While there was a lot of overwhelming and heartening positive feedback surrounding my pitch, I found that one particular element of feedback stuck out to me and was almost universal amongst the panel.
That this world I had created was a very familiar one, with a strange and intriguing new twist (the incorporation of the “Duck and Cover” ritual).
For me, this feedback was interesting because it represented my work’s connection and disparity from a conventional view of a “propaganda town”.
Being someone who blatantly rejects convention in many ways, I enjoyed this explanation of my world, as it showed its progression from the comforting world we have come to know quite well in recent times, with films such as Pleasantville () and The Stepford Wives () using this ideological facade to reveal the inner workings beneath; to my absurd version of events leaning more towards a Charlie Kaufman film. It was great to hear that this ‘method’ of transitioning from the familiarity of genre and convention, into the absurd is a good way to convey complex ideas. I definitely agree with this statement, as I have found that it is easier to ease an audience into the absurdity and the deeper message. When dealing with complex issues, sometimes the use of subtlety to portray your message, is a better course of action than beating them over the heads with it.
I guess this makes my film quite like the young protagonist, comfortable until something tells her she should pull a string and reveal what is beneath, starting the tumble of events. In this way, her questioning and deciding to pull that string is the inciting incident and the beginning of the absurdity curve.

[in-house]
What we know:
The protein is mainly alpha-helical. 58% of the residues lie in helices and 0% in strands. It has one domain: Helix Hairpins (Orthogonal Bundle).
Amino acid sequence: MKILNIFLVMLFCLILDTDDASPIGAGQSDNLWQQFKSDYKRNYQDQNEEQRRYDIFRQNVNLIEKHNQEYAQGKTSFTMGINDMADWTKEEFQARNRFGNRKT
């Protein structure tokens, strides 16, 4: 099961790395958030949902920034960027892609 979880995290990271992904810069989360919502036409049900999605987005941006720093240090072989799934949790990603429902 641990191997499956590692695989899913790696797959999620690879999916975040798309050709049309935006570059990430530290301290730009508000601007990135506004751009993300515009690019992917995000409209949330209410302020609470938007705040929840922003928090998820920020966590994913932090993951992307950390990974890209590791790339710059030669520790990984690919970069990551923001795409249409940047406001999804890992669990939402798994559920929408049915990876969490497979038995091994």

The absurdity, of course, begins as soon as the “Duck and Cover” ritual begins. It was great to hear how this distinguishing element was what truly allowed for this disunity from convention. This element was described as “original” and “taking something factual and real out of context and taking it to its limits”. I enjoyed these descriptions as it showed that this element of reality, although an absurd use of it, conveyed the strange reality and likeness to our own current situation. The era of fake news and Donald Trump/Putin, taken to the nth degree.
It was great to hear that my pitch was almost as though I were pitching my idea for real, out there in the industry. I really appreciated hearing this, because not only did it make me feel confident within my own idea, but it made me feel as though this idea, and possibly others would be successful pitches and move through various stages of production to get to the final point – being able to see my ideas on the big screen.
I learnt a lot from this pitch session and the subsequent feedback. Especially seeing how this process of ideation and pitching works in screenwriting. This has only affirmed my dream of one-day writing and directing my work in a larger context to larger audiences.